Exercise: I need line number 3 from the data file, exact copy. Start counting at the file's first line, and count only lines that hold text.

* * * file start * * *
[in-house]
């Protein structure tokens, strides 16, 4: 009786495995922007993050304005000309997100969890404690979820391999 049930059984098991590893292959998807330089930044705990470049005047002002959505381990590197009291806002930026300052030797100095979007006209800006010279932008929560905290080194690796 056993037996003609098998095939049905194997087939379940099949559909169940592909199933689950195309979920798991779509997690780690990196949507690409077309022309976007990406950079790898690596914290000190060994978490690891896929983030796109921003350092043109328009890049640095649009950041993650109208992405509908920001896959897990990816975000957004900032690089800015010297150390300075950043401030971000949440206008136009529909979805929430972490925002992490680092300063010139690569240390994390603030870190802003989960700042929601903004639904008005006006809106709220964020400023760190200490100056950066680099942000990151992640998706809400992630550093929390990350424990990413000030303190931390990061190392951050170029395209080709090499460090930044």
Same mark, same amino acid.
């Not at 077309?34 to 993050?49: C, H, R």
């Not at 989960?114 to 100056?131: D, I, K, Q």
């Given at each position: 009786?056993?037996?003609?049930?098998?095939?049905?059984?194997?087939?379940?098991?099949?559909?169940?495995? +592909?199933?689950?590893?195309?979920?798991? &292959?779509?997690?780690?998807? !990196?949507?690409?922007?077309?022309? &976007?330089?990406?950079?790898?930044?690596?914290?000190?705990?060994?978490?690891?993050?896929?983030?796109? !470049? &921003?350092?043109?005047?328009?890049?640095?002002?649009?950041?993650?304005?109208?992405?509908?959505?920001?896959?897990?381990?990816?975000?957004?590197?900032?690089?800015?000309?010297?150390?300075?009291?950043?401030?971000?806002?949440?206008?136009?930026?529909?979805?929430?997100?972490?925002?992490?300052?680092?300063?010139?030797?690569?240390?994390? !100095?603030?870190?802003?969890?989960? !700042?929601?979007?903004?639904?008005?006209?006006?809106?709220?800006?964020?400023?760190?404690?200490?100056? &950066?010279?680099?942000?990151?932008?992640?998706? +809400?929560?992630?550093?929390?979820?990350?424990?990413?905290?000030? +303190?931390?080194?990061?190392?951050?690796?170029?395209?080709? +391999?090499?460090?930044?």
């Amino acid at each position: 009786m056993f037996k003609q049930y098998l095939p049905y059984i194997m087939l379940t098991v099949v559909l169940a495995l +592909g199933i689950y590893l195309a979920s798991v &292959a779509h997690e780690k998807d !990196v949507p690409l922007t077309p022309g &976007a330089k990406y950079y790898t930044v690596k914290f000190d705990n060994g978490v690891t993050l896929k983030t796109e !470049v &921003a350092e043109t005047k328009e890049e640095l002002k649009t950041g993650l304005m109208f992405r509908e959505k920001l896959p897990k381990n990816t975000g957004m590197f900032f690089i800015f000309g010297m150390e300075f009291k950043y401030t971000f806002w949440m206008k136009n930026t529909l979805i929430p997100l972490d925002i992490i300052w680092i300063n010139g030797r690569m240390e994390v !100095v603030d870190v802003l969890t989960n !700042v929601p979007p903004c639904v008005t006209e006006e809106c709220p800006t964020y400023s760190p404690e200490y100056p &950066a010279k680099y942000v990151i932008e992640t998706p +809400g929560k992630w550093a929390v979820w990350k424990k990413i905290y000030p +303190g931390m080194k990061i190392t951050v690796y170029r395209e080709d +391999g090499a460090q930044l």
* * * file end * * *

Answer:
Same mark, same amino acid.